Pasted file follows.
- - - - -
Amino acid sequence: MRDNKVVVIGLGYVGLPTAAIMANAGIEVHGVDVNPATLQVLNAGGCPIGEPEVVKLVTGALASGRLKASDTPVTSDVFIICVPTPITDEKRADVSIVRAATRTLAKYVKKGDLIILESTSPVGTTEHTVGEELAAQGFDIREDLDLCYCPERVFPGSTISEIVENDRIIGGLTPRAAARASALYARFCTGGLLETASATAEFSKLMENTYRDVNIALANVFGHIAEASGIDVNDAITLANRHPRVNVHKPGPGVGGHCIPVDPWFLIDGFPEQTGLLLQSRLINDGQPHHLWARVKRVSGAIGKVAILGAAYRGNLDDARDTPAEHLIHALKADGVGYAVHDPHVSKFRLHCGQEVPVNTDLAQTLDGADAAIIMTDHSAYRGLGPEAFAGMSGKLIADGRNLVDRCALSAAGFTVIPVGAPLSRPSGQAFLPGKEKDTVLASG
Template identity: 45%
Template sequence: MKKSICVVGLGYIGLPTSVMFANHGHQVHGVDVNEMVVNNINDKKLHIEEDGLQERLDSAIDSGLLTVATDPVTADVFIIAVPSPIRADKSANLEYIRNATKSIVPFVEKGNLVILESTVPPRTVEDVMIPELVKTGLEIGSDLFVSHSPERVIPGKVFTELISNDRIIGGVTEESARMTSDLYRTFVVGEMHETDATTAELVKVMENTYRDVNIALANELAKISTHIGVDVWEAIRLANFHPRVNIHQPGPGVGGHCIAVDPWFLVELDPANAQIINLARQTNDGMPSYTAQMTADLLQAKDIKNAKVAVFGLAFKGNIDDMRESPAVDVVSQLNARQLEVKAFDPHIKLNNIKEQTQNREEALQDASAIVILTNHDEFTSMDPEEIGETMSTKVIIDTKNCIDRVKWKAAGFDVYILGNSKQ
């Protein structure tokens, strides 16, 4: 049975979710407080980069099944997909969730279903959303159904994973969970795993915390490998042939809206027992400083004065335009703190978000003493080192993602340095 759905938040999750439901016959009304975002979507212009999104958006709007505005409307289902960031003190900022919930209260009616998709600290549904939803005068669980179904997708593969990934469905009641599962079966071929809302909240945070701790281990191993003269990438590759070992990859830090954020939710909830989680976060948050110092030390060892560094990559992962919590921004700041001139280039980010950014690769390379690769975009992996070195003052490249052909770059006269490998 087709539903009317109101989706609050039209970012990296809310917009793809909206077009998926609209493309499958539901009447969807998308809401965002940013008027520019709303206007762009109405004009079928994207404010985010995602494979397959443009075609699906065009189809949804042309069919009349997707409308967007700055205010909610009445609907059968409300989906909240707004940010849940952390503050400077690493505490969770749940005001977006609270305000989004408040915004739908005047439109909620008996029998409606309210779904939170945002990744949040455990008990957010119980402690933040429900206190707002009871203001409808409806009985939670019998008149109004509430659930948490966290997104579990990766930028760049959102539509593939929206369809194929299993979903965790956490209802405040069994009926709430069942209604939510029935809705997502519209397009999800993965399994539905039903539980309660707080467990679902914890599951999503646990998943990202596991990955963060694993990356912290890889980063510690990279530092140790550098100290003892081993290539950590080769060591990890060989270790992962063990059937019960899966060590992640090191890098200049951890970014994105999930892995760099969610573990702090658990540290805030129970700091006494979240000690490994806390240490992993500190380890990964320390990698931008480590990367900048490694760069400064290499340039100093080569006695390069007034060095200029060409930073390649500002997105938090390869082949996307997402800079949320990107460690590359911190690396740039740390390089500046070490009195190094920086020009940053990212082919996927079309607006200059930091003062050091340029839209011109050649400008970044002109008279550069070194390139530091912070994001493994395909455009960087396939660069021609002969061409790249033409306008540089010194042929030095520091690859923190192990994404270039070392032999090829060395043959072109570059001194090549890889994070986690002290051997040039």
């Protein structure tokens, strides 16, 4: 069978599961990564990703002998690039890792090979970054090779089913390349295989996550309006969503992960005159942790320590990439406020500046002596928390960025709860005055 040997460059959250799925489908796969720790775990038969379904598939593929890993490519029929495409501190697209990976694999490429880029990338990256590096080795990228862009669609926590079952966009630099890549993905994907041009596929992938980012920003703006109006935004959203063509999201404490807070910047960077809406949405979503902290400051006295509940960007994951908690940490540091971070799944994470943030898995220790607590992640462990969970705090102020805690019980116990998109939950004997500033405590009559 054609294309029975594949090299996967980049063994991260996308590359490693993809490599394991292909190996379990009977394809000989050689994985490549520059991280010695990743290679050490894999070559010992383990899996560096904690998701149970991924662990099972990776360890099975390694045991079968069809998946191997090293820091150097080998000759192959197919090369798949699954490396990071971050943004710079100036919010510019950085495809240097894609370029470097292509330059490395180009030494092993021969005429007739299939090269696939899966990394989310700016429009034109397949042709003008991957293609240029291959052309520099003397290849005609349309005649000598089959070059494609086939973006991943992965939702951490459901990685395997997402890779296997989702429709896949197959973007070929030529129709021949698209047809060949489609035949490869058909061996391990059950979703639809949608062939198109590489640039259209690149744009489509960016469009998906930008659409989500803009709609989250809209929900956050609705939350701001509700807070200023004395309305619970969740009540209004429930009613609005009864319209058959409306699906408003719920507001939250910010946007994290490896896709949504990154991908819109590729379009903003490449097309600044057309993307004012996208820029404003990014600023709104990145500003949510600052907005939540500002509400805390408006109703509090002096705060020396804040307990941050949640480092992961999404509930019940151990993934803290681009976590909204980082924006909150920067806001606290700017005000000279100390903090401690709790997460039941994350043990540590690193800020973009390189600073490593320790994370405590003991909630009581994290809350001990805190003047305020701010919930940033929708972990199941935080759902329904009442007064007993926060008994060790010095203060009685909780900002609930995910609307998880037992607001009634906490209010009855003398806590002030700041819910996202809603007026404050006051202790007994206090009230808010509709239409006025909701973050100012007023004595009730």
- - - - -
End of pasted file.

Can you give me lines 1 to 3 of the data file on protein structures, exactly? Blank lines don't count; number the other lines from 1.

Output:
Amino acid sequence: MRDNKVVVIGLGYVGLPTAAIMANAGIEVHGVDVNPATLQVLNAGGCPIGEPEVVKLVTGALASGRLKASDTPVTSDVFIICVPTPITDEKRADVSIVRAATRTLAKYVKKGDLIILESTSPVGTTEHTVGEELAAQGFDIREDLDLCYCPERVFPGSTISEIVENDRIIGGLTPRAAARASALYARFCTGGLLETASATAEFSKLMENTYRDVNIALANVFGHIAEASGIDVNDAITLANRHPRVNVHKPGPGVGGHCIPVDPWFLIDGFPEQTGLLLQSRLINDGQPHHLWARVKRVSGAIGKVAILGAAYRGNLDDARDTPAEHLIHALKADGVGYAVHDPHVSKFRLHCGQEVPVNTDLAQTLDGADAAIIMTDHSAYRGLGPEAFAGMSGKLIADGRNLVDRCALSAAGFTVIPVGAPLSRPSGQAFLPGKEKDTVLASG
Template identity: 45%
Template sequence: MKKSICVVGLGYIGLPTSVMFANHGHQVHGVDVNEMVVNNINDKKLHIEEDGLQERLDSAIDSGLLTVATDPVTADVFIIAVPSPIRADKSANLEYIRNATKSIVPFVEKGNLVILESTVPPRTVEDVMIPELVKTGLEIGSDLFVSHSPERVIPGKVFTELISNDRIIGGVTEESARMTSDLYRTFVVGEMHETDATTAELVKVMENTYRDVNIALANELAKISTHIGVDVWEAIRLANFHPRVNIHQPGPGVGGHCIAVDPWFLVELDPANAQIINLARQTNDGMPSYTAQMTADLLQAKDIKNAKVAVFGLAFKGNIDDMRESPAVDVVSQLNARQLEVKAFDPHIKLNNIKEQTQNREEALQDASAIVILTNHDEFTSMDPEEIGETMSTKVIIDTKNCIDRVKWKAAGFDVYILGNSKQ